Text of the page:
Michigan’s Maurice Hurst, who is one of the top defensive tackles in the 2018 NFL Draft, fell out of the first round. Should the Chargers take a chance on him on Day 2? Plus, other prospects Los Angeles could target.
Maurice Hurst didn’t hear his name called on Thursday.
But it shouldn’t have been that much of a surprise. Hurst was diagnosed with a heart condition at the NFL Scouting Combine. And even though he’s been cleared to play, some teams reportedly removed him from their draft boards.
If Hurst is available when the Chargers are on the clock in the second round, general manager Tom Telesco should highly consider drafting the Wolverine product. He just missed out on my top 10 first-round choice list, but that doesn’t mean I think he’s a bad player. In fact, I think he’s a very good player who I’d love to have on Day 2.
The Chargers need help in the middle of the defensive line. They were one of the worst units when it came to stopping the run. Not only that, but Corey Liuget is suspended for the first four games of the season and Brandon Mebane just turned 33 years and is coming off injury. Hurst may be undersized (6-foot-1, 291 pounds), but he could be a difference-maker at the 3-tech, the position he is best suited for, in Gus Bradley’s 4-3 scheme. Pro Football Focus is extremely high on Hurst after his great 2017 campaign.
Maurice Hurst is sliding in the draft so far. Where will the number three prospect on our board ultimately wind up? pic.twitter.com/9Ui0c18gi2
— Pro Football Focus (@PFF) April 27, 2018
Telesco has been known to take some players who have dealt with serious injuries in college (receivers Mike Williams and Keenan Allen come to mind), but I’m not sure if he is one of those managers who is scared off by Hurst’s condition. I hope he isn’t, because if the Chargers steal Hurst, they just added two stud defenders (Hurst and safety Derwin James) at positions of need.
Another guy who stands out is Texas offensive tackle Connor Williams. In my opinion, Williams ranked second among tackles just behind Notre Dame’s Mike McGlinchey, who was taken ninth overall by the San Francisco 49ers. Scouts say his 2017 tape didn’t match his dominant 2016 tape–a year in which he earned first-team All-American and first-team All-Conference honors–but he was injured last year (started only five games). They love his athleticism, technique and power in the run game, but they also say his lack of length (6-foot-5, 296 pounds with 33-inch arms) could be the reason he is moved to guard; I think he’s a plug-and-play right tackle, a position the Chargers should look to upgrade (unless they believe in 2017 sixth-round pick Sam Tevi or have recently re-signed tackle/guard Michael Schofield compete with starter Joe Barksdale).
Who else could the Chargers be targeting? According to CBS Sports’ Jason La Canfora, the Chargers appear to be interested in Oklahoma State QB Mason Rudolph. The Chargers have Philip Rivers, but I’m not opposed to finding his heir apparent and having the youngster learn from the future Hall of Famer for two or three years. However, I’m not sure trading up for Rudolph is the best of ideas. For Hurst? Sure. Rudolph, who was projected to go in the first round in a few mocks, might get taken quickly; but if the Bolts want to go in this direction, they could wait until the following round and take Richmond QB Kyle Lauletta, who I believe is the better prospect.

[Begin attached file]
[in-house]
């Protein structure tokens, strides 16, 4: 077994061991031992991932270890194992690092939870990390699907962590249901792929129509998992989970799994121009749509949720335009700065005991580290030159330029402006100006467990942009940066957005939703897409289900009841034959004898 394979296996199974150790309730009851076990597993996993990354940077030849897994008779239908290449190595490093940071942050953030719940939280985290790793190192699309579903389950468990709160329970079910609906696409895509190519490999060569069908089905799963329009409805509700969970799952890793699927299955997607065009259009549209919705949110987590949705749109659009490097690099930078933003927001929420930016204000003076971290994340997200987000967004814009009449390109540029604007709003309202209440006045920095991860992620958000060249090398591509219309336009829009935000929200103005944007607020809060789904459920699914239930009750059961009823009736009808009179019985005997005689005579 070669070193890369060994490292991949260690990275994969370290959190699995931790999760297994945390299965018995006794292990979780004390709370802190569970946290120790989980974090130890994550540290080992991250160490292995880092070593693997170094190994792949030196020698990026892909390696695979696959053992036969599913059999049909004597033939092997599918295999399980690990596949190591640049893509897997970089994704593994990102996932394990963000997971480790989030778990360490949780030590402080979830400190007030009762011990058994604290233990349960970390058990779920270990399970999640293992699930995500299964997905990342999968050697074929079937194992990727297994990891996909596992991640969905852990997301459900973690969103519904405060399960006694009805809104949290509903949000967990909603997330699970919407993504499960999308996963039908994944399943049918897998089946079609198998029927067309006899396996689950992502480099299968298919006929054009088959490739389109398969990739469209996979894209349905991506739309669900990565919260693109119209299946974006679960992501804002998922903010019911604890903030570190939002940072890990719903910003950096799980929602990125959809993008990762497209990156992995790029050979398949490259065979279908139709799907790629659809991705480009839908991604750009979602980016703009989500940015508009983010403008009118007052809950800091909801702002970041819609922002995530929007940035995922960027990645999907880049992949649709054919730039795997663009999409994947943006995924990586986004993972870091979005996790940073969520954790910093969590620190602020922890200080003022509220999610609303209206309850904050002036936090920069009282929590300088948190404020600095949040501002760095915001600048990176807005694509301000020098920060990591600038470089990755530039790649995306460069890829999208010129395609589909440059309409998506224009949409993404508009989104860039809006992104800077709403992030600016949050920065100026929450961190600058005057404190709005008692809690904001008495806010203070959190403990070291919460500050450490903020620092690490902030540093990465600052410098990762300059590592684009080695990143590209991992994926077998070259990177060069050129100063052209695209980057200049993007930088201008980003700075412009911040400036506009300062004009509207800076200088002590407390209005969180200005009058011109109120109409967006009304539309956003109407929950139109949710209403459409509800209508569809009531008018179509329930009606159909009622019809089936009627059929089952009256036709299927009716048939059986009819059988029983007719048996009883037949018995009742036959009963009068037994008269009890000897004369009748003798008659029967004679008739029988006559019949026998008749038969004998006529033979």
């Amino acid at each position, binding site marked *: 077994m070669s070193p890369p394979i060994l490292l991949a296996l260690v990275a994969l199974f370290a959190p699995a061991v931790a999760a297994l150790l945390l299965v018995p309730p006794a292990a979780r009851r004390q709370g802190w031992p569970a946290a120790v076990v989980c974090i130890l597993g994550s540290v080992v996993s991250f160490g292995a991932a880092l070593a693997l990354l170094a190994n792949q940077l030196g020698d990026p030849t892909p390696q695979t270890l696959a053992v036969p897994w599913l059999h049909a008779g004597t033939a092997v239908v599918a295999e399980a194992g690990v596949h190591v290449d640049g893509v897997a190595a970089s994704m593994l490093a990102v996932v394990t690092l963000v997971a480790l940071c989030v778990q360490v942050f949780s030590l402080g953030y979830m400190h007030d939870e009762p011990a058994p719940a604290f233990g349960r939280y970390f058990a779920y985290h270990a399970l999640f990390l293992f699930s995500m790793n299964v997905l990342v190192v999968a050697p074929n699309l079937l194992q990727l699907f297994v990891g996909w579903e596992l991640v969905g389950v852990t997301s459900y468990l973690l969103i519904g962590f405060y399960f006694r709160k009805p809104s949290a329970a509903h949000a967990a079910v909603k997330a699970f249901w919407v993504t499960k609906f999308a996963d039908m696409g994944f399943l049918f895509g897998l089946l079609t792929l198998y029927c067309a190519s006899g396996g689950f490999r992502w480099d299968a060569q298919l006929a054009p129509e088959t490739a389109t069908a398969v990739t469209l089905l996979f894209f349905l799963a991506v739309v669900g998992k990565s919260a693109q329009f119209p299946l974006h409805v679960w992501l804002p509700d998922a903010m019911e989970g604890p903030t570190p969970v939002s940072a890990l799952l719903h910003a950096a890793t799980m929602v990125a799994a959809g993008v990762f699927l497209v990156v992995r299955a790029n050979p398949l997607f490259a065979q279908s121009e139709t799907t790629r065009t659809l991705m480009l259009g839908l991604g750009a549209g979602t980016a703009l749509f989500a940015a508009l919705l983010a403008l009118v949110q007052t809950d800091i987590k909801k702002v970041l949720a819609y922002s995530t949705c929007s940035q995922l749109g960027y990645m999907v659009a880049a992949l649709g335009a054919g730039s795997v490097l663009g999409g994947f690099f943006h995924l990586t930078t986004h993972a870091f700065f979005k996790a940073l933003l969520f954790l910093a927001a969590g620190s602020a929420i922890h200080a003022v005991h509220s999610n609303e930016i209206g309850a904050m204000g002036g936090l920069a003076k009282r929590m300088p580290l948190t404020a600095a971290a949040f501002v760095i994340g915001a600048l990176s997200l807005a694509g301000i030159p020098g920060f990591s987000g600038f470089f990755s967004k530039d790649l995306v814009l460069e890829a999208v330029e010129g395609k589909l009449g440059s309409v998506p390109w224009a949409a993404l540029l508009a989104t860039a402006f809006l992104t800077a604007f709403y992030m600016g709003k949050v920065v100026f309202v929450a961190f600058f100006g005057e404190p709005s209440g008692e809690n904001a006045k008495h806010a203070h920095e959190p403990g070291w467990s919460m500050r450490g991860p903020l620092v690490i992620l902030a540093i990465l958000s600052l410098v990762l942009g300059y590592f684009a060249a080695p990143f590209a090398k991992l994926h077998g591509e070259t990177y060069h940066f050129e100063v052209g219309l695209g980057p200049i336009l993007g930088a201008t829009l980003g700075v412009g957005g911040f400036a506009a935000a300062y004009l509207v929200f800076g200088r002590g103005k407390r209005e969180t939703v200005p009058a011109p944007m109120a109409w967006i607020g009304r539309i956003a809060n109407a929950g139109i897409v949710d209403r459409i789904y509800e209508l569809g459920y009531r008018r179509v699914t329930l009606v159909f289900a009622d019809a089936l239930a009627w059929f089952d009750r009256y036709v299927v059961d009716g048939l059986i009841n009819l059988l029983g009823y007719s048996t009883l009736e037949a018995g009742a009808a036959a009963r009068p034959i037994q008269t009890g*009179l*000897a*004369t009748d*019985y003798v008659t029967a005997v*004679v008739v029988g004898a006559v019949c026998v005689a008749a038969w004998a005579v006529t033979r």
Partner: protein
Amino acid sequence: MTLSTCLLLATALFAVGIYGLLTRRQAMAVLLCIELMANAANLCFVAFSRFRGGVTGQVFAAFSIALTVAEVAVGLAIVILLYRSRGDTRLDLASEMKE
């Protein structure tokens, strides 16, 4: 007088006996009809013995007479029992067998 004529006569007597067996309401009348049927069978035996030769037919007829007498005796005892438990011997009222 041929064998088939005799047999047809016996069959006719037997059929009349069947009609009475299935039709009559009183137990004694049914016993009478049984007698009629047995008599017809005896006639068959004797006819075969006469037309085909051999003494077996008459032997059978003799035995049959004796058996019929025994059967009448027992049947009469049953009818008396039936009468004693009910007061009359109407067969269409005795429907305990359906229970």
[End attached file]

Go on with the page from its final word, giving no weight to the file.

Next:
Even with the selection of James, I’m all for adding more defensive talent early on, specifically at linebacker and defensive tackle. SAM linebackers Lorenzo Carter or Uchenna Nwosu, both who could rush off the edge as well, would be great picks in the second round. I talked about what they’d bring to the table here. Bolt Beat’s Travis Wakeman also made a case for Texas LB Malik Jefferson, who I’d be very happy with. One of my favorite sleepers: Rutgers OLB/Edge Kemoko Turay. The 6-foot-5, 253-pounder dealt with shoulder injuries in 2015 and 2016 and only combined for 38 total tackles from 2014-16 (he did have 7.5 sacks as a redshirt freshman), but he played well as a full-time starter his senior year (2017), finishing with 65 total tackles, including seven for loss, four sacks, two fumble recoveries and one forced fumble. Not a ton of production and durability is a concern, which could cause him to fall past the third, but watch his highlights and I guarantee he’ll be a favorite of yours, too.
UCF’s Shaquem Griffin is a favorite of mine (his story AND his play); he’d be a nice pick if he makes it to the third. South Carolina State’s Darius Leonard, Ohio State’s Jerome Baker and Clemson’s Dorian O’Daniel are other fine WILL linebackers.
As for defensive tackles, Florida State’s Derrick Nnadi, VIrginia Tech’s Tim Settle and N.C. State’s B.J. Hill would be excellent choices in the second or third round. All three, excluding a top sleeper in Sam Houston State’s P.J. Clark (likely a fourth-round pick), were mentioned here. Stanford’s Harrison Phillips is also high on scouts list. Phillips led all FBS defensive linemen with 102 total tackles in 2017. His production (which also included 16.5 tackles for loss, seven sacks and two forced fubmles) will catch Telesco’s eye (as it did mine), I just prefer the other guys I listed.
And though running back isn’t a top need, Anthony Lynn could look to add depth and create a dominant one-two punch. Penn State’s Saquon Barkley (No. 2 overall), San Diego State’s Rashaad Penny (No. 27 overall) and Georgia’s Sony Michel (No. 31 overall) are gone, but LSU’s Derrius Guice and USC’s Ronald Jones are still there. If those two are available when the Chargers pick in the second, it’ll be tempting. They could also look at Georgia’s Nick Chubb in the third (he might not be there) or Oregon’s Royce Freeman. However, this class is so talented and deep that they can even wait later to find an impact player; Tennessee’s John Kelly is my guy.